Ideas

Why white-collar men all dress alike

White-collars hurrying to work
iStock

Men’s clothing is a notoriously starched market. Men’s magazines labor to present tiny tweaks as innovations, and the fashion world can spend years trying to push the average Joe into, say, a slightly slimmer-fitting suit. Ties widen and narrow, collars expand and shrink, and pleats crease and flatten. (They’re back, supposedly.) But when a man opens up his closet in the morning, he is faced with essentially the same options he has had for decades.

“It’s kind of shocking how enduring business attire has been,” said Susan Kaiser, a professor of gender, sexuality, and women’s studies at the University of California Davis, whose research focuses on clothing. “If you think of ‘Star Trek’ and things like that, some futurists were predicting we’d all be dressing like that. That really hasn’t happened.” For sociologists and fashion scholars, this homogeneity presents some interesting questions. Why are men content to dress in the same uniform decade after decade? And how has the suit come to not just symbolize power, but to perpetuate it?

White-collar men have been wearing suits to work for well over 100 years now. The suit became standard workwear for urban clerical workers in Europe and North America around the 1880s, according to Christopher Breward, a cultural historian at the University of Edinburgh. Around then, office work was becoming professionalized and regulated just as clothing production and sales were becoming more efficient. Voila: “The sharp, mass-produced lounge suit soon became synonymous with the sharp, mass-produced desk worker,” Breward wrote in an e-mail. Suddenly, an item of clothing that had existed since the 17th century was the de facto “uniform” in the increasingly dominant office. Breward’s book “The Suit: Form, Function and Style” will be published this spring.

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By the mid-20th century, the uniformity of white-collar men’s appearances was so complete that cultural critics began reading it as a symbol of homogeneity of the soul: think “The Man in the Gray Flannel Suit.” Deviation was akin to deviousness. “A shirt that wasn’t white in the 1950s would have been seen as kind of eccentric,” said Erynn Masi de Casanova, author of the new book “Buttoned Up: Clothing, Conformity, and White Collar Masculinity.” “And it used to be a huge faux pas for a man to go out without a hat.”

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But at the apex of conformity culture, the seeds of freedom — or at least khakis — were being sown. First came casual Friday, a concept De Casanova tentatively traces to Hawaii in the 1940s or 1950s, where employers allowed workers to don the islands’ traditional floral shirts on “Aloha Fridays.” Other standards have eased a bit in the intervening decades. Some (but not all) colored shirts are commonplace now, and some (but not all) patterns are respectable. Hats have been doffed. And, more dramatically, many workplaces now encourage business casual rather than the traditional two-piece.

Even in more casual offices, however, men high on the food chain tend to wear suits. And so do men meeting with clients or going out on job interviews. De Casanova’s research suggests that there’s a reason that the suit lingers as “the epitome of prototypical business masculinity.” Among the dozens of men she interviewed for her book in Cincinnati, San Francisco, and New York, many said business-casual codes actually made them nervous. “Having less guidance and having the standard be less clear causes anxiety,” she said. “They know what a suit involves . . . but business casual doesn’t have a solid established meaning, so they have to feel it out in their different workplaces.” Across cities, industries, and occupations, she writes, she found men “embracing conformity, toeing the line, choosing to blend in rather than stand out.”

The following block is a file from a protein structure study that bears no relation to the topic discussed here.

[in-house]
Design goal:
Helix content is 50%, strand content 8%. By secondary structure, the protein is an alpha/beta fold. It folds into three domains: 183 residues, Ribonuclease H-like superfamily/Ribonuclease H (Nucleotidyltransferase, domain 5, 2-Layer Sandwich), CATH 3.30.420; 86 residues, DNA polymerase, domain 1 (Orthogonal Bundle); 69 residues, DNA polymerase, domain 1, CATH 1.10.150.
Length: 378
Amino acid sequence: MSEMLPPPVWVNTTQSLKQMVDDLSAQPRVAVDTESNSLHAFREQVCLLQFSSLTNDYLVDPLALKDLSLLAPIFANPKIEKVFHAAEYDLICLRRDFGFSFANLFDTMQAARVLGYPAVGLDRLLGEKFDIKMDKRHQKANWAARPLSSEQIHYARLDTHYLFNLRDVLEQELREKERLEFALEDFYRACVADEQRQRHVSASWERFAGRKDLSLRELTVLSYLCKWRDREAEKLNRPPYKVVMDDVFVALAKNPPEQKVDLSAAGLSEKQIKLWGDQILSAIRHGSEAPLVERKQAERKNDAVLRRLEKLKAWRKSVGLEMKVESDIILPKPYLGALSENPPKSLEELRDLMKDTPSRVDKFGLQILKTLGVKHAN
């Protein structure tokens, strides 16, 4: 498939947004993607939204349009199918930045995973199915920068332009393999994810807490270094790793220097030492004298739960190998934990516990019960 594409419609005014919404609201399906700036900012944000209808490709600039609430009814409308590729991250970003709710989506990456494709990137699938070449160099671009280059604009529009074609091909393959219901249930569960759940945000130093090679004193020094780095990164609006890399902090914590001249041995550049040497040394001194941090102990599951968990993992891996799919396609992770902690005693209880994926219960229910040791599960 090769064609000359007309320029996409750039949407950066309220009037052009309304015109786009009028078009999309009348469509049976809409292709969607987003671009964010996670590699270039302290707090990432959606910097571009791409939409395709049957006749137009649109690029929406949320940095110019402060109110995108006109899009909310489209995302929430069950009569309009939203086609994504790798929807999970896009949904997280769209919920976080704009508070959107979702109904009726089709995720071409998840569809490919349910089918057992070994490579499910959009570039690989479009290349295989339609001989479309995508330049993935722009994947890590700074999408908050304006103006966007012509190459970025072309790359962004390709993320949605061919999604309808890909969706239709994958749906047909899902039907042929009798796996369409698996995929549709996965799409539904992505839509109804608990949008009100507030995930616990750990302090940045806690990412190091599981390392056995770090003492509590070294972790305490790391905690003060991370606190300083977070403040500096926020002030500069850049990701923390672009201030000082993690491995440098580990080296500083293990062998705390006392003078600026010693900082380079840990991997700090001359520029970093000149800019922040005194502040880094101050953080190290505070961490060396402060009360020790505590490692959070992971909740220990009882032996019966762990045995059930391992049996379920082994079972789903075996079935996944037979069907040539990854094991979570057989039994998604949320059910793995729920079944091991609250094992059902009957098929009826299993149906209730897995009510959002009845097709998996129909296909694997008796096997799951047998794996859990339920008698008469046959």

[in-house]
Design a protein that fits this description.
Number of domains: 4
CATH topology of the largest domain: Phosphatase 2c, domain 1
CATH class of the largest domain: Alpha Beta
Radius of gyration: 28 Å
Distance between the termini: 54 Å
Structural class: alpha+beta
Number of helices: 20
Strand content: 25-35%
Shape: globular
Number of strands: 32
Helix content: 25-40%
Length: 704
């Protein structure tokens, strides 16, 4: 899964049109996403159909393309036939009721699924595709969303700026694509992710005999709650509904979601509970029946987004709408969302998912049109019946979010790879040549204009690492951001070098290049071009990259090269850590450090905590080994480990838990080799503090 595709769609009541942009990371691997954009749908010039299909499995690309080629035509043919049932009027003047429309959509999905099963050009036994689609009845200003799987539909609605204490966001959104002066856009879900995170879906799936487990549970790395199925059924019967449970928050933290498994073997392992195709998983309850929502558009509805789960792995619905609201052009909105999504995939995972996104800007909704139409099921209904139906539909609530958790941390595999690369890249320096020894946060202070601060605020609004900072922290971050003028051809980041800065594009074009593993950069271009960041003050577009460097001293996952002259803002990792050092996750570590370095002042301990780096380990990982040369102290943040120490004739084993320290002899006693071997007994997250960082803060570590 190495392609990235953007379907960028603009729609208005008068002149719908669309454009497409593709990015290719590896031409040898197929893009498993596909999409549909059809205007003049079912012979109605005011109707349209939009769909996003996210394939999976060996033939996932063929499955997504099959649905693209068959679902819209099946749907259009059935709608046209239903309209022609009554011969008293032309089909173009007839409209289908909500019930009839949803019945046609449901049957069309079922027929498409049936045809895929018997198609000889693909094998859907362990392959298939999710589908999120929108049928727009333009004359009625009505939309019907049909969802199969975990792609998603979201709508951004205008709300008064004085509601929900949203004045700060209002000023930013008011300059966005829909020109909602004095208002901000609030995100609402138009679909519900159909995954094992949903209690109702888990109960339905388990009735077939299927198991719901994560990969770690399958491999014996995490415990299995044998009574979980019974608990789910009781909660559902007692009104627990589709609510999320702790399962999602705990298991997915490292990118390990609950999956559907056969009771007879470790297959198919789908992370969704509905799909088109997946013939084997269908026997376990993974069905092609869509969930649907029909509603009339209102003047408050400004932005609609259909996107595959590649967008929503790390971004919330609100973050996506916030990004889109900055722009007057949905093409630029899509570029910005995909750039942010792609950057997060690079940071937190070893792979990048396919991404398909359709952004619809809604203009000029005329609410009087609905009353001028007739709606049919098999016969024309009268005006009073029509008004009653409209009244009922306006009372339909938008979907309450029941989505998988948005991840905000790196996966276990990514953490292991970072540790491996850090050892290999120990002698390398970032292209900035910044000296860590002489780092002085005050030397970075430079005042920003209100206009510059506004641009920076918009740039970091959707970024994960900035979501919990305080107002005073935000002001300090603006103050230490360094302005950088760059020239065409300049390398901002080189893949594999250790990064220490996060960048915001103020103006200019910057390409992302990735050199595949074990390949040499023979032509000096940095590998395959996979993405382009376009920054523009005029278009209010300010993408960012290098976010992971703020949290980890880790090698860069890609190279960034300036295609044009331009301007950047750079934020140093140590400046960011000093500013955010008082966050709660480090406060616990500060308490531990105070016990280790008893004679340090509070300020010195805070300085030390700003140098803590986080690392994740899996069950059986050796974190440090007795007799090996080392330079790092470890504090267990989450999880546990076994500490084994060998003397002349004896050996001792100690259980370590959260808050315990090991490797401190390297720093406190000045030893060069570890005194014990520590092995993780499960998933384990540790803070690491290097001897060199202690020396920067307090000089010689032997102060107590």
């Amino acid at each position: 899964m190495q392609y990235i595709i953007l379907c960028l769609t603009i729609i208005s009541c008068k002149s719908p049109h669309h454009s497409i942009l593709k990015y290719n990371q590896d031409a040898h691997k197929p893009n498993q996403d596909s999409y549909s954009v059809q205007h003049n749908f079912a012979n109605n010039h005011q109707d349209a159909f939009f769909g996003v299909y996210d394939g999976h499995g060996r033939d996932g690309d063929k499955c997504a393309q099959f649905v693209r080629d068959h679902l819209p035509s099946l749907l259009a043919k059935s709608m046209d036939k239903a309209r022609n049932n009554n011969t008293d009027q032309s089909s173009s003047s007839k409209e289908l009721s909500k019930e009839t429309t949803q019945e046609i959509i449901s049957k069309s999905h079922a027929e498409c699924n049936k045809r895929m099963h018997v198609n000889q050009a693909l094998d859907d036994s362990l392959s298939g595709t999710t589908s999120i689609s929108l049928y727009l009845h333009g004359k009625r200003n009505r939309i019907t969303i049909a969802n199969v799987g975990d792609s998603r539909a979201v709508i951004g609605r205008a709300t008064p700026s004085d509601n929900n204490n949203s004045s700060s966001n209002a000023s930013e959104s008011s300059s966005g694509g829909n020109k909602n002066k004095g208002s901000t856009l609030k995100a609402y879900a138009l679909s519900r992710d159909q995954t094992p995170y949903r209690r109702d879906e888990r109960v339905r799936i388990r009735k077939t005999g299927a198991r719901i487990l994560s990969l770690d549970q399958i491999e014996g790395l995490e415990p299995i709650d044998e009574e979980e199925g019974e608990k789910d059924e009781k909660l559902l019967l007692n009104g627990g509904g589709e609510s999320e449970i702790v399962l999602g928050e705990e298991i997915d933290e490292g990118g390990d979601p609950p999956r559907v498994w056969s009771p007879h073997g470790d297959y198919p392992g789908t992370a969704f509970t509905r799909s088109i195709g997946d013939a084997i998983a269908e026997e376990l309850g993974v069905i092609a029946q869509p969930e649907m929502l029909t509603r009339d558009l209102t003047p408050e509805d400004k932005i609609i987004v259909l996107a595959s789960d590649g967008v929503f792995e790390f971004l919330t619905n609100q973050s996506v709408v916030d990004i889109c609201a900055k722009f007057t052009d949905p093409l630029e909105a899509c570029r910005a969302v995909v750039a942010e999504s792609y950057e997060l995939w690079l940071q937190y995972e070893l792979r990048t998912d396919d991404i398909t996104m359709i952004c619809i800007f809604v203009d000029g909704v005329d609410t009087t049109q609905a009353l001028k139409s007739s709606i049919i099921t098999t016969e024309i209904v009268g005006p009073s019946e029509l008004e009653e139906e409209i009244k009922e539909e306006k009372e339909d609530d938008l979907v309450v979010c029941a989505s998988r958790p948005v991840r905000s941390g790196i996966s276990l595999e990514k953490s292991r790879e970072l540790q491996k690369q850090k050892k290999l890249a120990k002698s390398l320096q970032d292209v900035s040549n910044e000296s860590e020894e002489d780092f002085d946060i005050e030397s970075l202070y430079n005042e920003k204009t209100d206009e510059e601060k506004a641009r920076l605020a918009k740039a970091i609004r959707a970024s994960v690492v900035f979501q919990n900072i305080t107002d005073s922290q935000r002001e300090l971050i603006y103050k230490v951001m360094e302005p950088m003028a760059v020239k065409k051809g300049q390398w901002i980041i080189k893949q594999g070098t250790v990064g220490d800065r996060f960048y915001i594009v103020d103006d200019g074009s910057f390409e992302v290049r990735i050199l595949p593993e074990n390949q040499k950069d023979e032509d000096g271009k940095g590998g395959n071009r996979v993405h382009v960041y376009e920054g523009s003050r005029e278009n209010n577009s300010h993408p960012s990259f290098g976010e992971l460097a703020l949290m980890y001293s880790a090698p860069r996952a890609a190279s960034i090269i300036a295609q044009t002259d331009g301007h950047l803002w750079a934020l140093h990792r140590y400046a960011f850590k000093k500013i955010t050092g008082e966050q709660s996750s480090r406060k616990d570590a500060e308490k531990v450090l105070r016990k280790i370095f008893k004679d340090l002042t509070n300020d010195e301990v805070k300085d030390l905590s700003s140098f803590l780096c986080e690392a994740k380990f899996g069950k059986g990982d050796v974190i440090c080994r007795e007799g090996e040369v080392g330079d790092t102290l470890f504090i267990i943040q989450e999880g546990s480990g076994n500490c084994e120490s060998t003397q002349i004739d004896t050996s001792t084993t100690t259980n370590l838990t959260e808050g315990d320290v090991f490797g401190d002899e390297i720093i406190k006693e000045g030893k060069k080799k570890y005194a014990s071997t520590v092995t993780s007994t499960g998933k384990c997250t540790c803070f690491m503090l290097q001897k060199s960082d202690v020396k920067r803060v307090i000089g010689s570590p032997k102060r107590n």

The suit can be constricting, both literally — witness the ritual loosening of the collar upon arriving home — and figuratively. But it is also empowering. De Casanova argues that white-collar men accept the narrow expectation of their work dress codes because it helps them maintain their status, aligned as it is with white, middle-class, heterosexual masculinity. Groups with a less sure grip on power tend to be freer in their fashion choices; Kaiser points out that for African-American men and gay men, it is much more acceptable to be interested in style and to dress with more personality.

Conformity seems to become even more important in times of economic insecurity. Several of de Casanova’s sources said their offices had been somewhat casual until the financial crisis of 2007. As the severity of the downturn became clear, their dress codes began to tighten. “When the economy softened, then we were looking for all kinds of reasons to get things getting better,” the head of a national recruiting firm told her. “Let’s get everyone a little more . . . bounce in their step.” And De Casanova points out that in service-oriented industries without precise metrics of individual success, looking competent becomes one of the few ways to signal one’s worth as an employee.

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Trendsetters have announced that suede and x-shaped necklines are among the fads that will define the year in women’s fashion. For men, however, noticeable change in 2016 is much less likely. And so, the suit lives on. “I have no doubt it will continue to evolve for another 400 years,” Breward said, “so long as a sophisticated human civilization, which in some ways it symbolizes, endures.”

Ruth Graham, a writer in New Hampshire, is a regular contributor to Ideas.